Drink Tomata Juice To Make Bones Stronger
01 Mar, 2011 - 11:35am
In a recent research scientists have shown that lycopene present in tomato juice might be able to fight bone disease or osteoporosis in older women. The research comes from the researchers of St Michael’s Hospital in Toronto and the University of Toronto, Canada and it was published in the medical journal Osteoporosis International.
Osteoporosis is a common condition that affects postmenopausal women aged 50 to 60 resulting in a rapid loss of bone mass. This rapid loss in the bone mass results in weak and fragile bones that can break with the slightest of stress. Some studies have shown that the rate of bone loss and damage to bone cells is increased by "reactive oxygen species" or ROS. Thus the researchers wanted to see if lycopene supplements would reduce the rate of bone loss in such women.
Lycopene is an antioxidant found mainly in the fruits. Antioxidants are substances that help in preventing damage to the cells. They neutralize ROS which are the by-products of the metabolic process. As the level of lycopene is highest in tomato, the researchers wanted to find out if the levels of a substance called N-telopeptide was affected by lycopene from tomato juice in the form of a pill . N-telopeptide is a marker for bone loss which means looking at it levels it can be determined if there has been a loss in bone mass.
The research involved 60 post menopausal women of 50 to 60 years of age. These women were asked not to consume any vitamins that might have antioxidants or foods that contained lycopene such as grapefruit, watermelon or tomato during the study. They were then divided into four groups - 15mg of lycopene from regular tomato juice, 35mg of lycopene from lycopene-rich tomato juice, 15mg of lycopene from a capsule and a dummy pill with no lycopene.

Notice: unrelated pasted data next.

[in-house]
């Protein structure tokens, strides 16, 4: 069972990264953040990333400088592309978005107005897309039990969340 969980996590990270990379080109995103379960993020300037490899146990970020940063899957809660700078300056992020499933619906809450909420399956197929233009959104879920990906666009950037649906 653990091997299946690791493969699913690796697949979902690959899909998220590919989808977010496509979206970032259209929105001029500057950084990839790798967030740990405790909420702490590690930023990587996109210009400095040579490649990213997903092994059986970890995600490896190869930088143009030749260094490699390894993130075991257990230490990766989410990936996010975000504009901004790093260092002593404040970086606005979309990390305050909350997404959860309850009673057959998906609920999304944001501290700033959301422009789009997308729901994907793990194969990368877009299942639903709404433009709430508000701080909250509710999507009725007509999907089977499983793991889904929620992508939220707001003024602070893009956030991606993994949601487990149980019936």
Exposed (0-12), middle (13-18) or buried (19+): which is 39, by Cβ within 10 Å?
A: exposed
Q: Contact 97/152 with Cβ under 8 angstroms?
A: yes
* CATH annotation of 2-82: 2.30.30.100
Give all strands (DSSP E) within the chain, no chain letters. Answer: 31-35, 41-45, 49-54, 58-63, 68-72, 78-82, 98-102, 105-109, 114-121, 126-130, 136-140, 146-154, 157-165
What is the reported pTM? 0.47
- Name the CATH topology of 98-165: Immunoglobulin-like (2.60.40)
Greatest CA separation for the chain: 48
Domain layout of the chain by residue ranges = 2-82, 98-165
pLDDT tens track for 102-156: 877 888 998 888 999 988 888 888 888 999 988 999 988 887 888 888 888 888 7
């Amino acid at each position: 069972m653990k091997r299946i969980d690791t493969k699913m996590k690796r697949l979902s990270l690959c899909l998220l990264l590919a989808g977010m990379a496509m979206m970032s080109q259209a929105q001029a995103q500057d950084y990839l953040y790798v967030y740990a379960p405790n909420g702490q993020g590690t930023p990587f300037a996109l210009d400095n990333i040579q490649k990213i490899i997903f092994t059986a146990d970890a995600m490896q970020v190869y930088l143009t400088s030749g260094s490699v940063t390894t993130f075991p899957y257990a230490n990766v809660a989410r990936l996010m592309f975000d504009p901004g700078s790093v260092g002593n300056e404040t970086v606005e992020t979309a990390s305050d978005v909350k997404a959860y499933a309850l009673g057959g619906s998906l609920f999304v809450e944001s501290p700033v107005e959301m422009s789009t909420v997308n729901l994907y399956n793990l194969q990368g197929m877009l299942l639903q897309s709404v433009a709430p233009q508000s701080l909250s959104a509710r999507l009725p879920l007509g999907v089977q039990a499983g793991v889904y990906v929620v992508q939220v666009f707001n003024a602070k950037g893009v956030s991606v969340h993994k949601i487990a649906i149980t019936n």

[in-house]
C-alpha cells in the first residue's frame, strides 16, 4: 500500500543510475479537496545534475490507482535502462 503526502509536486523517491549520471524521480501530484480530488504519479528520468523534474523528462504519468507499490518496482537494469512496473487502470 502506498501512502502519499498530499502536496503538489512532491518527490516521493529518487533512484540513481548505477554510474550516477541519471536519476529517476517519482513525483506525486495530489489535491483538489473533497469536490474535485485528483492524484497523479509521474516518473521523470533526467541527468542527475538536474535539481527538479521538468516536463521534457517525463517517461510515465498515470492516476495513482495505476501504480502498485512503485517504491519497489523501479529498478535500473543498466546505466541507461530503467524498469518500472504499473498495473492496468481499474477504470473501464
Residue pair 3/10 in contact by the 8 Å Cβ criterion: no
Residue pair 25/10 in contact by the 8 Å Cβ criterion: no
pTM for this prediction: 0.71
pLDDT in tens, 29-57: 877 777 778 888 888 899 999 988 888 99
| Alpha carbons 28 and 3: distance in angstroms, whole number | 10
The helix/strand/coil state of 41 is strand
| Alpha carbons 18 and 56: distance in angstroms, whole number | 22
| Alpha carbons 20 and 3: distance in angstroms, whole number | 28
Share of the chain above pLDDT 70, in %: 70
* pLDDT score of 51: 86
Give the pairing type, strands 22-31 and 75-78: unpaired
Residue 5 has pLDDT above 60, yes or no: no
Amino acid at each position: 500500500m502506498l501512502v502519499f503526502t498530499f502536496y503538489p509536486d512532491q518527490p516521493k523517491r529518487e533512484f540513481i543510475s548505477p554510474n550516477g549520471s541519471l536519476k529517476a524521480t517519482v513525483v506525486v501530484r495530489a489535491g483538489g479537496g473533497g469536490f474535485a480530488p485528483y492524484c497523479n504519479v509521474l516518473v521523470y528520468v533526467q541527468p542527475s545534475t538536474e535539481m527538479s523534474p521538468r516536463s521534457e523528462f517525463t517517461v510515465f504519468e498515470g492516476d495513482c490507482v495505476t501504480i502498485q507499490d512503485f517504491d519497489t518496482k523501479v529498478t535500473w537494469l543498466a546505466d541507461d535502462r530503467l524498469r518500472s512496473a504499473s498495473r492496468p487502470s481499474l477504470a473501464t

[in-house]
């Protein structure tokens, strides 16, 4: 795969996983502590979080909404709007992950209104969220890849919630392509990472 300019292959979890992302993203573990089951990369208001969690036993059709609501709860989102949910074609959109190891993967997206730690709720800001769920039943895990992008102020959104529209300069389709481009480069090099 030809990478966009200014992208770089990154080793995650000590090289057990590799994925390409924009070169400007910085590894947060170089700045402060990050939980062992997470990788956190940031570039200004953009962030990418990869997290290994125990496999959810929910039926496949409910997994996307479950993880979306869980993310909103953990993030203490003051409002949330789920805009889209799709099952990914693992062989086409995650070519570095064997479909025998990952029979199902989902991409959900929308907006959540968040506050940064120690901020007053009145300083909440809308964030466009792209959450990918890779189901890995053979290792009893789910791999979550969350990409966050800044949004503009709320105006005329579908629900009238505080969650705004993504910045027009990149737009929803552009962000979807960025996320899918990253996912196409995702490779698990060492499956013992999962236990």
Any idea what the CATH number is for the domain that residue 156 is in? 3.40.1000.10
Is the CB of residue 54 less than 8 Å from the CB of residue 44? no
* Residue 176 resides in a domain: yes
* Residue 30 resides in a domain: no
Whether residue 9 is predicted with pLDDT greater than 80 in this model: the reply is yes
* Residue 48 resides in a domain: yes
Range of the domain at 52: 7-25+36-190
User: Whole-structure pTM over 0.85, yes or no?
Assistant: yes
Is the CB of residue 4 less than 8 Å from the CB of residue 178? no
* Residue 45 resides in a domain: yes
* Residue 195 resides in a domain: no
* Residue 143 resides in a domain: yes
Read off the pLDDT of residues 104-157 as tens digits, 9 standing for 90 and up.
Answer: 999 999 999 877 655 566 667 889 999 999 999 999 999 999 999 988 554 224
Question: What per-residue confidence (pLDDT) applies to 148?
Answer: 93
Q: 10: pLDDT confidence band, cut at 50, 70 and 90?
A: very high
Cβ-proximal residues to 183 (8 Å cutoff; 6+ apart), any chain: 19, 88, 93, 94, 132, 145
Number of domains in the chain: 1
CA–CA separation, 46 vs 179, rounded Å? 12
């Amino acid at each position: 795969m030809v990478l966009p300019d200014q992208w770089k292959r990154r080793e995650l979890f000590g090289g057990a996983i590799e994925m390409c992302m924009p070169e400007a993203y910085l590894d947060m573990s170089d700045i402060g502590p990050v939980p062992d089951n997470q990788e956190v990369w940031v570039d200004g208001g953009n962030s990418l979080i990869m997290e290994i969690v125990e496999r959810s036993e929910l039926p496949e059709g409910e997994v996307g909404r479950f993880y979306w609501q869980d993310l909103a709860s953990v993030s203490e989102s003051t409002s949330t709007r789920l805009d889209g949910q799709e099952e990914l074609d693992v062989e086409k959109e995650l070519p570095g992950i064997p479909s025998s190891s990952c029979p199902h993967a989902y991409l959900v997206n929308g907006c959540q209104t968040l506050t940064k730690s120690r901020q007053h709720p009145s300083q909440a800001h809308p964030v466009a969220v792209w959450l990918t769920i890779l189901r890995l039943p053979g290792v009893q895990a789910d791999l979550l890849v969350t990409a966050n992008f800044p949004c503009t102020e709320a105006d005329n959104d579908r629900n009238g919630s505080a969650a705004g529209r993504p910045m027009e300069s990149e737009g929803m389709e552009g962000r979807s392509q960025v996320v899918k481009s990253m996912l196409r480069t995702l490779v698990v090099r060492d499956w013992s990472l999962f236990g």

The women were asked to take the supplements twice a day with meals and their blood samples were taken for analysis first after two months and the next after four months of supplementation.
After the analysis it was observed that the amount of lycopene absorbed by the body was same whether it was taken in the form of supplements or tomato juice. This resulted in a significant decrease in the levels of N-telopeptide in the women receiving lycopene supplements. The levels were comparable to those of the women who take calcium and vitamin D supplements as a preventive measure for osteoporosis.
Although the present research has shown some interesting results it cannot be generalized yet as it was based on a very small sample of women, which the researchers are aware of themselves. Therefore the research needs to be conducted on a large population for a longer time to see the effects of lycopene and verify if there are any potential dangerous side effects of it. It is also necessary to find out whether beta-carotene, another substance present in tomato juice, or lycopene is responsible for the changes observed in the women.